8. There are plenty of people who don't really get a kick out of reading for pleasure, as in they don't actually read for pleasure at all. My husband is one, my sister is another, and the jury is still out on my sons. Yes, this is difficult for a bibliophile to accept, as is the idea that listening to a book on audio can be a helpful and pleasurable book experience for many (I cannot stand listening to books. I don't like to be read to. Just give me the darn book and let me read it as fast as I can). But I've read aloud extensively to my sons. And I've accepted that audio books are helpful to them. I don't see myself ever sitting down to chat with them about a book once they are past my oversight as a homeschooler but that's ok. I don't sit down and chat about books with my husband, either, and he's a super smart guy. Fortunately for me, I have a daughter who loves books as much if not more than me. My sister once asked me not long ago for book recommendations because she wanted to get in the habit of reading regularly. So I gave her some books that didn't require a huge commitment and were high interest (or at least I thought so). I think she gave it up after a couple of weeks. She'd rather be out riding her bike. And you know what--she's always been that way. We would come home from school and she'd go out with the neighborhood kids and play basketball, while I'd curl up somewhere with a book and read for hours. Some people are book people, and some are not. And I think for many it's something you are, not something you become because your mother makes you read.
  9. I second Bryce Canyon and Sedona. We live at sea level and weren't bothered by the elevation change, but our hikes were usually 2 - 3 hours and not all day events.
  10. Regarding phone plans--T-Mobile is great. Calls cost, but everything else is free, including data and texting. We used this all over to text home and for maps/directions. For calls home, including video calls, we used Viber. Works great on wifi, so we would just call from the hotel. We ended up with only one $2.00 charge for a call during our 17-day trip, and that was for an emergency hotel booking. Everything else we could take care of with texting and wifi calls.
  11. Dd and I took a European trip last summer, and London was our first stop. We bought an Oyster card right away, using it to tube from Heathrow. It was so easy to use/reload. We also bought the London Pass, which highlights all of the major touristy stuff. We were there for the first time and hadn't seen any of the touristy stuff so it worked great for us. It included some of the things we knew we wanted to see (Tower of London, Churchill War Rooms, St. Pauls), plus stuff we probably wouldn't have done but were glad we did (Tower Bridge). It does not include the British Museum, but make time for that anyway. We were only there for approximately 2 days, and there was so much we didn't get to see/do. But what we were able to do made me definitely want to go back! One more thing--we also took a red eye, arriving around noon. Since it was a beautiful day and we weren't feeling too tired, we just dropped our stuff at the hotel and took off exploring London. We were able to check some things off our list by doing that, and though we were tired by the end of the day, it meant a good night's sleep and a quick adjustment to the 5 hour time difference--no jet lag issues. If you nap when you get there, it will be harder to adjust. Have fun--best trip of my life!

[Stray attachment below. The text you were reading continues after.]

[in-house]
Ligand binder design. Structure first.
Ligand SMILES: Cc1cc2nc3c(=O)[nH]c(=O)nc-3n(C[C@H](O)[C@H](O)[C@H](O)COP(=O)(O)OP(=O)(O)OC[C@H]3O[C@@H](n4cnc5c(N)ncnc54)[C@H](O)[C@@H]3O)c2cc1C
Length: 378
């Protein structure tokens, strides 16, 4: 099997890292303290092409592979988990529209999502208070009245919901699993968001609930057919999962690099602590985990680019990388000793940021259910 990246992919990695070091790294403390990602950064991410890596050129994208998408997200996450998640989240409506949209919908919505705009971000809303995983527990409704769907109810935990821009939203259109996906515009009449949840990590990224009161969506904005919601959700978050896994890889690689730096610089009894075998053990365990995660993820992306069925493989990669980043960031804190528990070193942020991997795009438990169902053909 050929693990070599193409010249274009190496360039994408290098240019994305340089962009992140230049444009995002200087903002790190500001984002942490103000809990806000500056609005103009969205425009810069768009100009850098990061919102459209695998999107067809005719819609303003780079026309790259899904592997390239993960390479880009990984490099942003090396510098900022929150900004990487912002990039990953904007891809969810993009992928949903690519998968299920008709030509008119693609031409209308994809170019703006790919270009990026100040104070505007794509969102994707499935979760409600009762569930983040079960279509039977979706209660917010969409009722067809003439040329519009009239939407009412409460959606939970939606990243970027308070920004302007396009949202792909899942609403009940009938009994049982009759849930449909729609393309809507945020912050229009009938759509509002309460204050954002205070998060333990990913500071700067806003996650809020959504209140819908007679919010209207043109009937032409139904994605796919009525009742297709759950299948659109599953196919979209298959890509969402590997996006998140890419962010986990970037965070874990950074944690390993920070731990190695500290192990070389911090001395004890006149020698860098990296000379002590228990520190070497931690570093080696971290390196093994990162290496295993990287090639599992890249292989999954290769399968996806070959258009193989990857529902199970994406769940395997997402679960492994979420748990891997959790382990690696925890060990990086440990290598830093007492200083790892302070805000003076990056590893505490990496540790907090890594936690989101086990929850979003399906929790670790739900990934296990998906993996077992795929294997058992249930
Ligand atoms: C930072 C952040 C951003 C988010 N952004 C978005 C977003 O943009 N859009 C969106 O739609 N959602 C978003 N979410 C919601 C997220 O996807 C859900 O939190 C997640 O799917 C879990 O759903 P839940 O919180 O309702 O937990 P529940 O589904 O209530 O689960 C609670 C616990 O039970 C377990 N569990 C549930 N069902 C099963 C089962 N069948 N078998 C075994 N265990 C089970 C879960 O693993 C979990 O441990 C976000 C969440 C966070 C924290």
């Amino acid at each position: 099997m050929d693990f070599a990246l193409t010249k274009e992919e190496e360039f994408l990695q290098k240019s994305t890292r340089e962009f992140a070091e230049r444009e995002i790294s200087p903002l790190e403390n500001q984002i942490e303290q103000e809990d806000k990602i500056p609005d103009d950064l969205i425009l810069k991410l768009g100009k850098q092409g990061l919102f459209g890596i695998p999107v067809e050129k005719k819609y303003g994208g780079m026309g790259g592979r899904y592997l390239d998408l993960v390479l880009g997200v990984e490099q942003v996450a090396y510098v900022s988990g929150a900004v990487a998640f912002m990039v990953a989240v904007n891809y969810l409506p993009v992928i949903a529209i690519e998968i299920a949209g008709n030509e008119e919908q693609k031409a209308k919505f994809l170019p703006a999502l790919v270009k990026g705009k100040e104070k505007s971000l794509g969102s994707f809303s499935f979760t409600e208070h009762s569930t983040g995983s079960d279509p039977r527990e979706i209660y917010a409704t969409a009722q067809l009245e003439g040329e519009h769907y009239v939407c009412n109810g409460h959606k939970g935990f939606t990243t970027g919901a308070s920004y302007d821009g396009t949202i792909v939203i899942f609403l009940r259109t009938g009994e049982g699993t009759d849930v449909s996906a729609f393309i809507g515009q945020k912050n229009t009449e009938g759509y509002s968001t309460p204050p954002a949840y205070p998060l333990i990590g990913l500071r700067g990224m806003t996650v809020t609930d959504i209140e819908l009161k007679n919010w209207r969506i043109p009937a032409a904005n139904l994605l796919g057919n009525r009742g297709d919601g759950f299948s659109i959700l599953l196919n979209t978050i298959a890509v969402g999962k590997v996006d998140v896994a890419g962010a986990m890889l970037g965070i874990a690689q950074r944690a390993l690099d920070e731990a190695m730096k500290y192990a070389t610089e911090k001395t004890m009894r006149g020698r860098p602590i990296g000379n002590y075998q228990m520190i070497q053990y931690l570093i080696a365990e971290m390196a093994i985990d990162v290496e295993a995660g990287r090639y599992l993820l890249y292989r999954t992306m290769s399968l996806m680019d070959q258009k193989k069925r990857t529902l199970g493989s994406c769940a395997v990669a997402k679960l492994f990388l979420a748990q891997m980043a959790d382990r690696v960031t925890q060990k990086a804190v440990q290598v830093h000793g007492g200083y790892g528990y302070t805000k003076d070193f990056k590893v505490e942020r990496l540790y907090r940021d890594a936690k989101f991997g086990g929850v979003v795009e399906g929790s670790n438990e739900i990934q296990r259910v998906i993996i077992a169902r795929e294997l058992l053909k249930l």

12. She's 6.5. You have a lot of years of modeling good behavior and providing gentle reminders ahead of you. It's also helpful to make the process as easy as possible for her, as in, "Hey we're having spaghetti tonight, let's pull your hair back so you don't get sauce in it, and why don't you change into short sleeves, too?" Think of all of the things her little 6.5-year-old brain has to learn and remember, every day. The big picture is having acceptable adult table manners. Guiding her toward that while accepting where she is developmentally right now means plenty of reminders, as well as a double dose of patience and grace. She surprised you one day with the getting dressed thing, and she'll likely do the same with table manners. But rest assured there will then be the next big thing, because there's always something. Eventually they get there, and you will look back and say, "Why was I so worried about that?" It's a marathon, not a sprint. Unless she is having tea with the queen next week, consider her table manners (and so many other things that go into day-to-day parenting) a work in progress.
  13. I like Gold Bond. This one is good, but I also like their Healing lotion--it's thicker.